Stocks edged lower Friday after a deep selloff on Thursday capped a volatile two days in the market. Investors now await the U.S. jobs report for April.
Futures for the Dow Jones Industrial Average fell 160 points, or 0.5%, after the index tumbled 1,063 points on Thursday to close at 32,997. S&P 500 futures signaled a start 0.5% into the red after a 3.6% slide on Thursday. The tech-heavy Nasdaq was poised to decline 0.6% after losing 5% in the last session—the worst one-day performance since June 2020.
It has been a whipsawing few days in the market. On Wednesday, the S&P 500 and Dow both climbed more than 2% in a spectacular rally, notching their best daily gains since 2020, before it all came crumbling down on Thursday.
Investors have been digesting monetary policy from the Federal Reserve: The central bank met markets’ expectations on Wednesday when it raised interest rates by a sizable half-point, with much more on the table, as it fights historically high inflation. Fed Chair Jerome’s Powell’s message that a mooted 75 basis-point hike was unlikely provided more ammo for Wednesday’s rally.
But it was undone on Thursday as investors continued to worry that the Fed’s moves to raise the cost of borrowing would significantly dent economic demand and cause a recession. Economic concerns out of China, where severe Covid-19 lockdowns threaten a downturn with global ripple effects, didn’t help, either.
“I can’t help but think that a great deal of the reaction yesterday was the appreciation that whilst the Fed can make soothing pronouncements, they are starting from an extraordinary difficult starting point, and with limited flexibility to respond to market or economy concerns whilst they fight inflation,” said Jim Reid, a strategist at Deutsche Bank .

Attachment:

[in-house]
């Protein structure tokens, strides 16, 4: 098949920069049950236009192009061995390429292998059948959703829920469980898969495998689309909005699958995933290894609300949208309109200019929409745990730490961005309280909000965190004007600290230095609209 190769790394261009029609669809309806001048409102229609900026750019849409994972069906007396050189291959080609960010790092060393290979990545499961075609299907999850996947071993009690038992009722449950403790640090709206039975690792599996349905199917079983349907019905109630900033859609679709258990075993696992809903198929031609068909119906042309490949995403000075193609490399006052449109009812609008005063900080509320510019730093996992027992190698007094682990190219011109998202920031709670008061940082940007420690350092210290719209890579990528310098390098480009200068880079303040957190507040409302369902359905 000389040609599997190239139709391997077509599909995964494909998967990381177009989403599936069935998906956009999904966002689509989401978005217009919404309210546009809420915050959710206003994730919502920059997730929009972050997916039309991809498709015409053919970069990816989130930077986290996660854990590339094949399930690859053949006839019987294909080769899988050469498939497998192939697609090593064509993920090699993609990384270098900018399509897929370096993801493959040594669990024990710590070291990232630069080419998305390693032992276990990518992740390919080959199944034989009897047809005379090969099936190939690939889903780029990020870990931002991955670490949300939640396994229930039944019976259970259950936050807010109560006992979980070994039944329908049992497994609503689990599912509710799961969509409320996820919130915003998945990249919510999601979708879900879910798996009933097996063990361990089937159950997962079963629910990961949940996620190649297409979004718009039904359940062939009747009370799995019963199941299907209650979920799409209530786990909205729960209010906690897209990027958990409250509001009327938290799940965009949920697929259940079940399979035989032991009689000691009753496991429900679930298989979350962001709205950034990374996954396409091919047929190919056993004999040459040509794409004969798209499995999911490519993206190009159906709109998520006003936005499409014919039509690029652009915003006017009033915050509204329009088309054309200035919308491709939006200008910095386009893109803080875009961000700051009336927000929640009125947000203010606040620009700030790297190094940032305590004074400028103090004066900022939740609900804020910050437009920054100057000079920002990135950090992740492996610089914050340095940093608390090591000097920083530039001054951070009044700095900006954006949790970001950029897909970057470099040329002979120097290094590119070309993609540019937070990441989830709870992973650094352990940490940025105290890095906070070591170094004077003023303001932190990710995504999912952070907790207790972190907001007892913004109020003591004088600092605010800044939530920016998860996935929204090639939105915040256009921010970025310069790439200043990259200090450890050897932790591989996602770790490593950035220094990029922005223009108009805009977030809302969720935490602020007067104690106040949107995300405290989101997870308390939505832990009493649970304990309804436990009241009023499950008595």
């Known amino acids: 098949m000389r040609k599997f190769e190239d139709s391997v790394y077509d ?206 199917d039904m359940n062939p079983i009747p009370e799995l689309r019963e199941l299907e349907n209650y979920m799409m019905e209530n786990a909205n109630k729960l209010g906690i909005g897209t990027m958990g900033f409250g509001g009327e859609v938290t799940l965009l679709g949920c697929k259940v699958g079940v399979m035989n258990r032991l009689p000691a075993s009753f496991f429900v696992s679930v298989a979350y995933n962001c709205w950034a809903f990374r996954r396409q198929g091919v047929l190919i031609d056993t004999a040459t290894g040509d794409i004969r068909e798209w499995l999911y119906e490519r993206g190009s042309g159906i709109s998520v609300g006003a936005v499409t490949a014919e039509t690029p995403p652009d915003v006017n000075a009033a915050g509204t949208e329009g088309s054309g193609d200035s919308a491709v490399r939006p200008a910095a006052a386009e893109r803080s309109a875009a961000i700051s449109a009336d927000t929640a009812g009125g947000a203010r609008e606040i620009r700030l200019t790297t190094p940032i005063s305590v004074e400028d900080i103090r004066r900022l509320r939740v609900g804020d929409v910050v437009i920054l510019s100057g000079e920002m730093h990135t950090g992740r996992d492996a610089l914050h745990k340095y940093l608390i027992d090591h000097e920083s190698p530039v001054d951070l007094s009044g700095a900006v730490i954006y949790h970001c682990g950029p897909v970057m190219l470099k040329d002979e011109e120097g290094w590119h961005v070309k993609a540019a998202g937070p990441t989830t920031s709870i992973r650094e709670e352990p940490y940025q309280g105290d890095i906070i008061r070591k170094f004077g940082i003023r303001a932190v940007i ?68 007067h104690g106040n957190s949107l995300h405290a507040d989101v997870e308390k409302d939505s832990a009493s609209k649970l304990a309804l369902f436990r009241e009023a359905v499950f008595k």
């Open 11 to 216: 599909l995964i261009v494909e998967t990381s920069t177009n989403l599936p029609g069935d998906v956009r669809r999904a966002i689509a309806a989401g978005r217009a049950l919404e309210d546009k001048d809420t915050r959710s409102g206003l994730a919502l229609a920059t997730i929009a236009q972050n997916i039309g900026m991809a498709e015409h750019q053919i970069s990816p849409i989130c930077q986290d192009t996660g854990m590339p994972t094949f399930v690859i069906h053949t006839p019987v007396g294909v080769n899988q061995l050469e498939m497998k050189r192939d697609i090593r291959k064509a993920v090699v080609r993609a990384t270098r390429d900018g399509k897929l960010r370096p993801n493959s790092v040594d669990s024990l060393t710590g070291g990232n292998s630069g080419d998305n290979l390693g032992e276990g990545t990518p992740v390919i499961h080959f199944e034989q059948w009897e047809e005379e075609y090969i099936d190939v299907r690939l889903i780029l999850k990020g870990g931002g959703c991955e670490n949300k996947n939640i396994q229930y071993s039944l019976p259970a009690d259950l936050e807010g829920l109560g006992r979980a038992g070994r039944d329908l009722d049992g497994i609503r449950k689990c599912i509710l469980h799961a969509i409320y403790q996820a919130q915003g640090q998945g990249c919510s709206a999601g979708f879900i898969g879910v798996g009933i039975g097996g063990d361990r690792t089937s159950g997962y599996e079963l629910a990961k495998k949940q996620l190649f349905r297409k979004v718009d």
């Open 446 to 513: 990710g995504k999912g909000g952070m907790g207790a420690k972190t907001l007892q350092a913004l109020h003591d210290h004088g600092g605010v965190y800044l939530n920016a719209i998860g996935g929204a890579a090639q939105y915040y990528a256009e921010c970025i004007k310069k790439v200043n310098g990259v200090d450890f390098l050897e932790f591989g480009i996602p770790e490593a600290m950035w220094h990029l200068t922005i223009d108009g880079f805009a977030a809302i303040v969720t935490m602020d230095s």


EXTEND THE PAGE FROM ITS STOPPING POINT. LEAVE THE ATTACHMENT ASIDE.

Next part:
The U.S. jobs report for April—a key economic measure of the health of the labor market—lies in the day ahead. Expectations are for 400,000 jobs to have been added last month, down from 431,000 in March. A number too far ahead of estimates could prompt a negative reaction from the market, indicating that high inflation will stick around and force the Fed to act more aggressively.
“A print north of 500,000 should provoke a faster tightening by the Fed. Possible recession equals selling equities, bonds, gold, cryptos,” said Jeffrey Halley, an analyst at broker Oanda. “Conversely, a print under 300,000 should see a sigh of relief … It’s that sort of market.”
Write to Jack Denton at firstname.lastname@example.org